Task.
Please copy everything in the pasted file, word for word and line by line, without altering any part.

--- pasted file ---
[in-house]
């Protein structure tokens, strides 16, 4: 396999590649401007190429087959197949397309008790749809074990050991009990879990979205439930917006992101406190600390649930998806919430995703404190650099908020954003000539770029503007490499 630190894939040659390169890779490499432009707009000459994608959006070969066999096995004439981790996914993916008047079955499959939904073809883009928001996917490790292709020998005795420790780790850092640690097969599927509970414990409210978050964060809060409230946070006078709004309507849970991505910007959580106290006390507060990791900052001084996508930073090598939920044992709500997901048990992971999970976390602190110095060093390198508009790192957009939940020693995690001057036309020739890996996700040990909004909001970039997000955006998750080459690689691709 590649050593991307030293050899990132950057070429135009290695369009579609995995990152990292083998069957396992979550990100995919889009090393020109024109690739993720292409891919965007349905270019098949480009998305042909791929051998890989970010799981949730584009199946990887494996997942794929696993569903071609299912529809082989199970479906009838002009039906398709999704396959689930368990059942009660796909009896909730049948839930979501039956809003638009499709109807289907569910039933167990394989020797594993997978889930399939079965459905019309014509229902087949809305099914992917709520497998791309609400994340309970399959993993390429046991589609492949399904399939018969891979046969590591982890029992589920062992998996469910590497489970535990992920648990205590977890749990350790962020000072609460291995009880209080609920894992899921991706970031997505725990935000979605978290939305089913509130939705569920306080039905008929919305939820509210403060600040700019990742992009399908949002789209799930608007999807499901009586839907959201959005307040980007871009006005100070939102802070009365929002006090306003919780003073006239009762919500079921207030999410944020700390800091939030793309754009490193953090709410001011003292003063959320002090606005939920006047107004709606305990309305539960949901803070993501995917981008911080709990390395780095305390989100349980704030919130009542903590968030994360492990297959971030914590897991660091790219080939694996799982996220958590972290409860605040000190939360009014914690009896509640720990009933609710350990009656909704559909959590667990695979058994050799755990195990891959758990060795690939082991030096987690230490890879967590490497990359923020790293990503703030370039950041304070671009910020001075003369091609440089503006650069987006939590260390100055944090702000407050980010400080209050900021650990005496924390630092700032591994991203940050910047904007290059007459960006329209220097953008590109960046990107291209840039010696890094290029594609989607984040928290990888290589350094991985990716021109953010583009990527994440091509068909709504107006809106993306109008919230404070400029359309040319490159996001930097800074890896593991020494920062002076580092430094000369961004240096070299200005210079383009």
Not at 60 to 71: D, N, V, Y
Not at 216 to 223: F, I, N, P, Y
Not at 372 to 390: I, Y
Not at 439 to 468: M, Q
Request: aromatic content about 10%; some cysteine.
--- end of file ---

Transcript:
[in-house]
């Protein structure tokens, strides 16, 4: 396999590649401007190429087959197949397309008790749809074990050991009990879990979205439930917006992101406190600390649930998806919430995703404190650099908020954003000539770029503007490499 630190894939040659390169890779490499432009707009000459994608959006070969066999096995004439981790996914993916008047079955499959939904073809883009928001996917490790292709020998005795420790780790850092640690097969599927509970414990409210978050964060809060409230946070006078709004309507849970991505910007959580106290006390507060990791900052001084996508930073090598939920044992709500997901048990992971999970976390602190110095060093390198508009790192957009939940020693995690001057036309020739890996996700040990909004909001970039997000955006998750080459690689691709 590649050593991307030293050899990132950057070429135009290695369009579609995995990152990292083998069957396992979550990100995919889009090393020109024109690739993720292409891919965007349905270019098949480009998305042909791929051998890989970010799981949730584009199946990887494996997942794929696993569903071609299912529809082989199970479906009838002009039906398709999704396959689930368990059942009660796909009896909730049948839930979501039956809003638009499709109807289907569910039933167990394989020797594993997978889930399939079965459905019309014509229902087949809305099914992917709520497998791309609400994340309970399959993993390429046991589609492949399904399939018969891979046969590591982890029992589920062992998996469910590497489970535990992920648990205590977890749990350790962020000072609460291995009880209080609920894992899921991706970031997505725990935000979605978290939305089913509130939705569920306080039905008929919305939820509210403060600040700019990742992009399908949002789209799930608007999807499901009586839907959201959005307040980007871009006005100070939102802070009365929002006090306003919780003073006239009762919500079921207030999410944020700390800091939030793309754009490193953090709410001011003292003063959320002090606005939920006047107004709606305990309305539960949901803070993501995917981008911080709990390395780095305390989100349980704030919130009542903590968030994360492990297959971030914590897991660091790219080939694996799982996220958590972290409860605040000190939360009014914690009896509640720990009933609710350990009656909704559909959590667990695979058994050799755990195990891959758990060795690939082991030096987690230490890879967590490497990359923020790293990503703030370039950041304070671009910020001075003369091609440089503006650069987006939590260390100055944090702000407050980010400080209050900021650990005496924390630092700032591994991203940050910047904007290059007459960006329209220097953008590109960046990107291209840039010696890094290029594609989607984040928290990888290589350094991985990716021109953010583009990527994440091509068909709504107006809106993306109008919230404070400029359309040319490159996001930097800074890896593991020494920062002076580092430094000369961004240096070299200005210079383009």
Not at 60 to 71: D, N, V, Y
Not at 216 to 223: F, I, N, P, Y
Not at 372 to 390: I, Y
Not at 439 to 468: M, Q
Request: aromatic content about 10%; some cysteine.